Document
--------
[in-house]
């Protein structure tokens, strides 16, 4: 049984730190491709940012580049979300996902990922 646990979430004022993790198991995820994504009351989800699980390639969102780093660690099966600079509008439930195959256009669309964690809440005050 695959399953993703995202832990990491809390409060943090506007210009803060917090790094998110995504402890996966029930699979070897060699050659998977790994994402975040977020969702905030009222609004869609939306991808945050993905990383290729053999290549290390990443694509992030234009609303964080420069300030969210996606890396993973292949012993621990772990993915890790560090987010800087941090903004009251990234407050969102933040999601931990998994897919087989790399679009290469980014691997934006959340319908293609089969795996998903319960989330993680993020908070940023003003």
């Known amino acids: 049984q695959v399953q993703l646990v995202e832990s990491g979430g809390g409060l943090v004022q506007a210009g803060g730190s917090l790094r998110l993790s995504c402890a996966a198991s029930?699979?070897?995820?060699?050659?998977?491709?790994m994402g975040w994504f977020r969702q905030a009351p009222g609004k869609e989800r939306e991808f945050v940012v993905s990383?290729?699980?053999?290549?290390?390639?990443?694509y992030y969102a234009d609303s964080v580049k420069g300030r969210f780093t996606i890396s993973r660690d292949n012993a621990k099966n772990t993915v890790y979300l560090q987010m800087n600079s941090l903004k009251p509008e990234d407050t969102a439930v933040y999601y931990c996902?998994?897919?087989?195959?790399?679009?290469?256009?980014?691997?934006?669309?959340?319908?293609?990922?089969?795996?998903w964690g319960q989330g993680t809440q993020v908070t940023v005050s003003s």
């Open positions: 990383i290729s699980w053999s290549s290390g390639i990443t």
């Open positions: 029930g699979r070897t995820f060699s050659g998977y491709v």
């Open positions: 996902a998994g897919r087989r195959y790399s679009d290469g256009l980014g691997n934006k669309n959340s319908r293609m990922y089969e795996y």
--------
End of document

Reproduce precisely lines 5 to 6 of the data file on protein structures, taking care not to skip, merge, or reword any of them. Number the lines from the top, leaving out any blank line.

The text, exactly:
């Open positions: 029930g699979r070897t995820f060699s050659g998977y491709v």
């Open positions: 996902a998994g897919r087989r195959y790399s679009d290469g256009l980014g691997n934006k669309n959340s319908r293609m990922y089969e795996y």